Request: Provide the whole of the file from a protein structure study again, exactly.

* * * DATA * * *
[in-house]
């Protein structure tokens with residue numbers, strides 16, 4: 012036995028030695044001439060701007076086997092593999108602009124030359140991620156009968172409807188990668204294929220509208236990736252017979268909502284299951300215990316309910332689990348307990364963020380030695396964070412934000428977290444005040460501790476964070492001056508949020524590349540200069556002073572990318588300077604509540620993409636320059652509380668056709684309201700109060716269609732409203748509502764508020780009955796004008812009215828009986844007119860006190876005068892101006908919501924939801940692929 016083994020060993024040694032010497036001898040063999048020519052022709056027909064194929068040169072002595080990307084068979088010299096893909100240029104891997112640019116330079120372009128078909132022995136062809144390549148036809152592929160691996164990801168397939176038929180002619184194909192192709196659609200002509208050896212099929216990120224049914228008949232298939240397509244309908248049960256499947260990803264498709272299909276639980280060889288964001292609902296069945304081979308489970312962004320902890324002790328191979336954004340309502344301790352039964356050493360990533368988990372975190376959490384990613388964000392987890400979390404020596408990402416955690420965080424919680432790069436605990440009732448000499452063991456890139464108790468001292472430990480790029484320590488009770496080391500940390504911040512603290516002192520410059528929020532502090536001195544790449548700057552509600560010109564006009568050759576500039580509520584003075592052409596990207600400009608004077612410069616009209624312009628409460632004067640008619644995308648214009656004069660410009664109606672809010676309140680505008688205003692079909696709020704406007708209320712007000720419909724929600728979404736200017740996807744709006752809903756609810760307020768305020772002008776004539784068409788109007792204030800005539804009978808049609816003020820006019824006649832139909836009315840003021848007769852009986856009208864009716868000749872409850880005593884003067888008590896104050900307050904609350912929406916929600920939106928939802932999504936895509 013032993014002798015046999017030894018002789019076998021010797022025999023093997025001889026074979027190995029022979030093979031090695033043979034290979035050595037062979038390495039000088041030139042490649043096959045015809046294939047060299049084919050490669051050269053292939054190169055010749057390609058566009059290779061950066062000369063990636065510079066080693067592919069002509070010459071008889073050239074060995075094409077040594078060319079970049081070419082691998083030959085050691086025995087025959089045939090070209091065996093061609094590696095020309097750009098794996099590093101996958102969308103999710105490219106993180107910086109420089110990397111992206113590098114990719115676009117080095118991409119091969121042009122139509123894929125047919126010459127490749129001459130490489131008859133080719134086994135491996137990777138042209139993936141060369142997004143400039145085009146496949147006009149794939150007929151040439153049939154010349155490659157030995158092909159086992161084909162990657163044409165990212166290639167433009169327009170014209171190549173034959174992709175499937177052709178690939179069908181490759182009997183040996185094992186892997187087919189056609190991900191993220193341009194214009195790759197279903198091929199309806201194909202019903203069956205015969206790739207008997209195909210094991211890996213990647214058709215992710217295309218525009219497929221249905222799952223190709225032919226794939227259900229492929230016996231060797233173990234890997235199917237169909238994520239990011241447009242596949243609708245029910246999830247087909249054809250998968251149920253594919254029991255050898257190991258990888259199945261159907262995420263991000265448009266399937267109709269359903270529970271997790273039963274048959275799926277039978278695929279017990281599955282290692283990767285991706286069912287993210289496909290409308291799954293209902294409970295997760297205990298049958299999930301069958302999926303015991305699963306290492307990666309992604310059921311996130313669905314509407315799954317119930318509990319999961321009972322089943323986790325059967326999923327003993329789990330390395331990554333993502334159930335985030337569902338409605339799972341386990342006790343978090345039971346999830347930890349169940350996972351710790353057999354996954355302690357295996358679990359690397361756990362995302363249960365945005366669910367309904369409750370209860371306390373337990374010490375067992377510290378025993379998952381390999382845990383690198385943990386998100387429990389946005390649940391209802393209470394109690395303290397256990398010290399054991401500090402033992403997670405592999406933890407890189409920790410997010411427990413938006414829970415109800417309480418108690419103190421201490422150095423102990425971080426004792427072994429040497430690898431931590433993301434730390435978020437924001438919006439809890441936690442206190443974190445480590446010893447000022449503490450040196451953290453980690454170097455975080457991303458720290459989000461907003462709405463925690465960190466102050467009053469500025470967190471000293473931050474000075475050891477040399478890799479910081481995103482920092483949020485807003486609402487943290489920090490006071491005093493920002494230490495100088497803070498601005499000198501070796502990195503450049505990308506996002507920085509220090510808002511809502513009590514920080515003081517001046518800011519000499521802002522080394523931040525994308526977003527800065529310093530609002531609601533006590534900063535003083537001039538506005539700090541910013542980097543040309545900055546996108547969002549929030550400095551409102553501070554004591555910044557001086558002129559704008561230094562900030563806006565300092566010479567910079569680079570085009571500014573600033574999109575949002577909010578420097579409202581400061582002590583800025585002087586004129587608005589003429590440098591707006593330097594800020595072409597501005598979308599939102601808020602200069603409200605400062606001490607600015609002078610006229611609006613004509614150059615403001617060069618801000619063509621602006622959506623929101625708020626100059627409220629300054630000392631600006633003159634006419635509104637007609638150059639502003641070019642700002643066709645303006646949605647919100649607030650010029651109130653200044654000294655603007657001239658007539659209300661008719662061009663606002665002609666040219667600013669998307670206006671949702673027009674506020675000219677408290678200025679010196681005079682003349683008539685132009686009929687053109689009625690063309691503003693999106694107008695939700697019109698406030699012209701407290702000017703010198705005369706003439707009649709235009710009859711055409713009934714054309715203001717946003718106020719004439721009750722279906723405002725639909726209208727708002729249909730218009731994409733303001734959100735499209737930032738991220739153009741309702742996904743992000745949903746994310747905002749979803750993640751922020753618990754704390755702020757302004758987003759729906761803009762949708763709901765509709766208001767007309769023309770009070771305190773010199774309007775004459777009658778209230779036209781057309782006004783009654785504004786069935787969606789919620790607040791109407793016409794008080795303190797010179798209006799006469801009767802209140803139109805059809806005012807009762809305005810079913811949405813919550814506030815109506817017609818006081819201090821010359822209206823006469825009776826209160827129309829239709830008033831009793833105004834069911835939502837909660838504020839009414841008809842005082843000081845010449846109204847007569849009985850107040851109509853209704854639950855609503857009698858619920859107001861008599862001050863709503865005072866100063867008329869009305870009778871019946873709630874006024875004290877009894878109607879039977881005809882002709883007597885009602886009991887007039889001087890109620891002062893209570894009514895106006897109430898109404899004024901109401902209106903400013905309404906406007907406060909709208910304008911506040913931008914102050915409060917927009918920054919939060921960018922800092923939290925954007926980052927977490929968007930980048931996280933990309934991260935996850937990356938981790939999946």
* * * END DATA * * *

[in-house]
């Protein structure tokens with residue numbers, strides 16, 4: 012036995028030695044001439060701007076086997092593999108602009124030359140991620156009968172409807188990668204294929220509208236990736252017979268909502284299951300215990316309910332689990348307990364963020380030695396964070412934000428977290444005040460501790476964070492001056508949020524590349540200069556002073572990318588300077604509540620993409636320059652509380668056709684309201700109060716269609732409203748509502764508020780009955796004008812009215828009986844007119860006190876005068892101006908919501924939801940692929 016083994020060993024040694032010497036001898040063999048020519052022709056027909064194929068040169072002595080990307084068979088010299096893909100240029104891997112640019116330079120372009128078909132022995136062809144390549148036809152592929160691996164990801168397939176038929180002619184194909192192709196659609200002509208050896212099929216990120224049914228008949232298939240397509244309908248049960256499947260990803264498709272299909276639980280060889288964001292609902296069945304081979308489970312962004320902890324002790328191979336954004340309502344301790352039964356050493360990533368988990372975190376959490384990613388964000392987890400979390404020596408990402416955690420965080424919680432790069436605990440009732448000499452063991456890139464108790468001292472430990480790029484320590488009770496080391500940390504911040512603290516002192520410059528929020532502090536001195544790449548700057552509600560010109564006009568050759576500039580509520584003075592052409596990207600400009608004077612410069616009209624312009628409460632004067640008619644995308648214009656004069660410009664109606672809010676309140680505008688205003692079909696709020704406007708209320712007000720419909724929600728979404736200017740996807744709006752809903756609810760307020768305020772002008776004539784068409788109007792204030800005539804009978808049609816003020820006019824006649832139909836009315840003021848007769852009986856009208864009716868000749872409850880005593884003067888008590896104050900307050904609350912929406916929600920939106928939802932999504936895509 013032993014002798015046999017030894018002789019076998021010797022025999023093997025001889026074979027190995029022979030093979031090695033043979034290979035050595037062979038390495039000088041030139042490649043096959045015809046294939047060299049084919050490669051050269053292939054190169055010749057390609058566009059290779061950066062000369063990636065510079066080693067592919069002509070010459071008889073050239074060995075094409077040594078060319079970049081070419082691998083030959085050691086025995087025959089045939090070209091065996093061609094590696095020309097750009098794996099590093101996958102969308103999710105490219106993180107910086109420089110990397111992206113590098114990719115676009117080095118991409119091969121042009122139509123894929125047919126010459127490749129001459130490489131008859133080719134086994135491996137990777138042209139993936141060369142997004143400039145085009146496949147006009149794939150007929151040439153049939154010349155490659157030995158092909159086992161084909162990657163044409165990212166290639167433009169327009170014209171190549173034959174992709175499937177052709178690939179069908181490759182009997183040996185094992186892997187087919189056609190991900191993220193341009194214009195790759197279903198091929199309806201194909202019903203069956205015969206790739207008997209195909210094991211890996213990647214058709215992710217295309218525009219497929221249905222799952223190709225032919226794939227259900229492929230016996231060797233173990234890997235199917237169909238994520239990011241447009242596949243609708245029910246999830247087909249054809250998968251149920253594919254029991255050898257190991258990888259199945261159907262995420263991000265448009266399937267109709269359903270529970271997790273039963274048959275799926277039978278695929279017990281599955282290692283990767285991706286069912287993210289496909290409308291799954293209902294409970295997760297205990298049958299999930301069958302999926303015991305699963306290492307990666309992604310059921311996130313669905314509407315799954317119930318509990319999961321009972322089943323986790325059967326999923327003993329789990330390395331990554333993502334159930335985030337569902338409605339799972341386990342006790343978090345039971346999830347930890349169940350996972351710790353057999354996954355302690357295996358679990359690397361756990362995302363249960365945005366669910367309904369409750370209860371306390373337990374010490375067992377510290378025993379998952381390999382845990383690198385943990386998100387429990389946005390649940391209802393209470394109690395303290397256990398010290399054991401500090402033992403997670405592999406933890407890189409920790410997010411427990413938006414829970415109800417309480418108690419103190421201490422150095423102990425971080426004792427072994429040497430690898431931590433993301434730390435978020437924001438919006439809890441936690442206190443974190445480590446010893447000022449503490450040196451953290453980690454170097455975080457991303458720290459989000461907003462709405463925690465960190466102050467009053469500025470967190471000293473931050474000075475050891477040399478890799479910081481995103482920092483949020485807003486609402487943290489920090490006071491005093493920002494230490495100088497803070498601005499000198501070796502990195503450049505990308506996002507920085509220090510808002511809502513009590514920080515003081517001046518800011519000499521802002522080394523931040525994308526977003527800065529310093530609002531609601533006590534900063535003083537001039538506005539700090541910013542980097543040309545900055546996108547969002549929030550400095551409102553501070554004591555910044557001086558002129559704008561230094562900030563806006565300092566010479567910079569680079570085009571500014573600033574999109575949002577909010578420097579409202581400061582002590583800025585002087586004129587608005589003429590440098591707006593330097594800020595072409597501005598979308599939102601808020602200069603409200605400062606001490607600015609002078610006229611609006613004509614150059615403001617060069618801000619063509621602006622959506623929101625708020626100059627409220629300054630000392631600006633003159634006419635509104637007609638150059639502003641070019642700002643066709645303006646949605647919100649607030650010029651109130653200044654000294655603007657001239658007539659209300661008719662061009663606002665002609666040219667600013669998307670206006671949702673027009674506020675000219677408290678200025679010196681005079682003349683008539685132009686009929687053109689009625690063309691503003693999106694107008695939700697019109698406030699012209701407290702000017703010198705005369706003439707009649709235009710009859711055409713009934714054309715203001717946003718106020719004439721009750722279906723405002725639909726209208727708002729249909730218009731994409733303001734959100735499209737930032738991220739153009741309702742996904743992000745949903746994310747905002749979803750993640751922020753618990754704390755702020757302004758987003759729906761803009762949708763709901765509709766208001767007309769023309770009070771305190773010199774309007775004459777009658778209230779036209781057309782006004783009654785504004786069935787969606789919620790607040791109407793016409794008080795303190797010179798209006799006469801009767802209140803139109805059809806005012807009762809305005810079913811949405813919550814506030815109506817017609818006081819201090821010359822209206823006469825009776826209160827129309829239709830008033831009793833105004834069911835939502837909660838504020839009414841008809842005082843000081845010449846109204847007569849009985850107040851109509853209704854639950855609503857009698858619920859107001861008599862001050863709503865005072866100063867008329869009305870009778871019946873709630874006024875004290877009894878109607879039977881005809882002709883007597885009602886009991887007039889001087890109620891002062893209570894009514895106006897109430898109404899004024901109401902209106903400013905309404906406007907406060909709208910304008911506040913931008914102050915409060917927009918920054919939060921960018922800092923939290925954007926980052927977490929968007930980048931996280933990309934991260935996850937990356938981790939999946």